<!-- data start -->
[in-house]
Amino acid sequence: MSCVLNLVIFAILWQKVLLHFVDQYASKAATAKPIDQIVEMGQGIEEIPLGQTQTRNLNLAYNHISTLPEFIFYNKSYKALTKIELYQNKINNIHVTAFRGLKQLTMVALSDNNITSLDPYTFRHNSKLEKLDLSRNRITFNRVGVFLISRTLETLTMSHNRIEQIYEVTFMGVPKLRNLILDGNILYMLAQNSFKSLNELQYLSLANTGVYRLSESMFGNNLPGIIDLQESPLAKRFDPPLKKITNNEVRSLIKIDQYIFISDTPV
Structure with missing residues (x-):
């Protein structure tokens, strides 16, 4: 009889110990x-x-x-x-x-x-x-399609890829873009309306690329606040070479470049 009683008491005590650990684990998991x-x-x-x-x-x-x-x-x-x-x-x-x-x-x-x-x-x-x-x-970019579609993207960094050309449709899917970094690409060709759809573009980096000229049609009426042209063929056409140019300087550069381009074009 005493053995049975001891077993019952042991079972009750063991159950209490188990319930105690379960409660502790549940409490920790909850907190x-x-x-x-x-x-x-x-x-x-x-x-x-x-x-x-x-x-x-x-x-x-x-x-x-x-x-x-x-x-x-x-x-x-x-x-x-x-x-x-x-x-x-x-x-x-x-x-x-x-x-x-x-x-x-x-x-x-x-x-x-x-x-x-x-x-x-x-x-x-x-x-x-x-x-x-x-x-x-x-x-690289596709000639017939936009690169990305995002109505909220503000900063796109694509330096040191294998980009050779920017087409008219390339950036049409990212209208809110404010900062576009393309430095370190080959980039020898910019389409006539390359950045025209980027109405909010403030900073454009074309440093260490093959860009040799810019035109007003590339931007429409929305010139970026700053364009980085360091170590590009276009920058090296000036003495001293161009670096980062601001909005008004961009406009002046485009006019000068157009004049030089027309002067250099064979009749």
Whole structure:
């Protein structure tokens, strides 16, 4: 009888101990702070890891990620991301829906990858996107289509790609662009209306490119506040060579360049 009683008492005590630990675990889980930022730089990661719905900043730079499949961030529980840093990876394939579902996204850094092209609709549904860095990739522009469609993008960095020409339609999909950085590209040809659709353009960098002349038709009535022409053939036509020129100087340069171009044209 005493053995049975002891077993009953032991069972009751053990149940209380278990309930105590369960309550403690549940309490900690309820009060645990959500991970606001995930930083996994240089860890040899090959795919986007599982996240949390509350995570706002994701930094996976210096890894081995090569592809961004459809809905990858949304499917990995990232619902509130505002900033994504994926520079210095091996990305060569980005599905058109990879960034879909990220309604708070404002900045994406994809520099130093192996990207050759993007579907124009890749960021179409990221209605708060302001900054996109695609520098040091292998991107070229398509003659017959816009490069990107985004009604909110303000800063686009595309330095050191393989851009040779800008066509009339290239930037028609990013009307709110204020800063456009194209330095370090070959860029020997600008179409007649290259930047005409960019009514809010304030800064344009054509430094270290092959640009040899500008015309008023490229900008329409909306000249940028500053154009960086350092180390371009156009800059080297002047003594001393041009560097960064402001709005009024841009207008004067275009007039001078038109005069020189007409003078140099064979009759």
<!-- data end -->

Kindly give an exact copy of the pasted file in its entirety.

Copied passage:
[in-house]
Amino acid sequence: MSCVLNLVIFAILWQKVLLHFVDQYASKAATAKPIDQIVEMGQGIEEIPLGQTQTRNLNLAYNHISTLPEFIFYNKSYKALTKIELYQNKINNIHVTAFRGLKQLTMVALSDNNITSLDPYTFRHNSKLEKLDLSRNRITFNRVGVFLISRTLETLTMSHNRIEQIYEVTFMGVPKLRNLILDGNILYMLAQNSFKSLNELQYLSLANTGVYRLSESMFGNNLPGIIDLQESPLAKRFDPPLKKITNNEVRSLIKIDQYIFISDTPV
Structure with missing residues (x-):
């Protein structure tokens, strides 16, 4: 009889110990x-x-x-x-x-x-x-399609890829873009309306690329606040070479470049 009683008491005590650990684990998991x-x-x-x-x-x-x-x-x-x-x-x-x-x-x-x-x-x-x-x-970019579609993207960094050309449709899917970094690409060709759809573009980096000229049609009426042209063929056409140019300087550069381009074009 005493053995049975001891077993019952042991079972009750063991159950209490188990319930105690379960409660502790549940409490920790909850907190x-x-x-x-x-x-x-x-x-x-x-x-x-x-x-x-x-x-x-x-x-x-x-x-x-x-x-x-x-x-x-x-x-x-x-x-x-x-x-x-x-x-x-x-x-x-x-x-x-x-x-x-x-x-x-x-x-x-x-x-x-x-x-x-x-x-x-x-x-x-x-x-x-x-x-x-x-x-x-x-x-690289596709000639017939936009690169990305995002109505909220503000900063796109694509330096040191294998980009050779920017087409008219390339950036049409990212209208809110404010900062576009393309430095370190080959980039020898910019389409006539390359950045025209980027109405909010403030900073454009074309440093260490093959860009040799810019035109007003590339931007429409929305010139970026700053364009980085360091170590590009276009920058090296000036003495001293161009670096980062601001909005008004961009406009002046485009006019000068157009004049030089027309002067250099064979009749």
Whole structure:
């Protein structure tokens, strides 16, 4: 009888101990702070890891990620991301829906990858996107289509790609662009209306490119506040060579360049 009683008492005590630990675990889980930022730089990661719905900043730079499949961030529980840093990876394939579902996204850094092209609709549904860095990739522009469609993008960095020409339609999909950085590209040809659709353009960098002349038709009535022409053939036509020129100087340069171009044209 005493053995049975002891077993009953032991069972009751053990149940209380278990309930105590369960309550403690549940309490900690309820009060645990959500991970606001995930930083996994240089860890040899090959795919986007599982996240949390509350995570706002994701930094996976210096890894081995090569592809961004459809809905990858949304499917990995990232619902509130505002900033994504994926520079210095091996990305060569980005599905058109990879960034879909990220309604708070404002900045994406994809520099130093192996990207050759993007579907124009890749960021179409990221209605708060302001900054996109695609520098040091292998991107070229398509003659017959816009490069990107985004009604909110303000800063686009595309330095050191393989851009040779800008066509009339290239930037028609990013009307709110204020800063456009194209330095370090070959860029020997600008179409007649290259930047005409960019009514809010304030800064344009054509430094270290092959640009040899500008015309008023490229900008329409909306000249940028500053154009960086350092180390371009156009800059080297002047003594001393041009560097960064402001709005009024841009207008004067275009007039001078038109005069020189007409003078140099064979009759």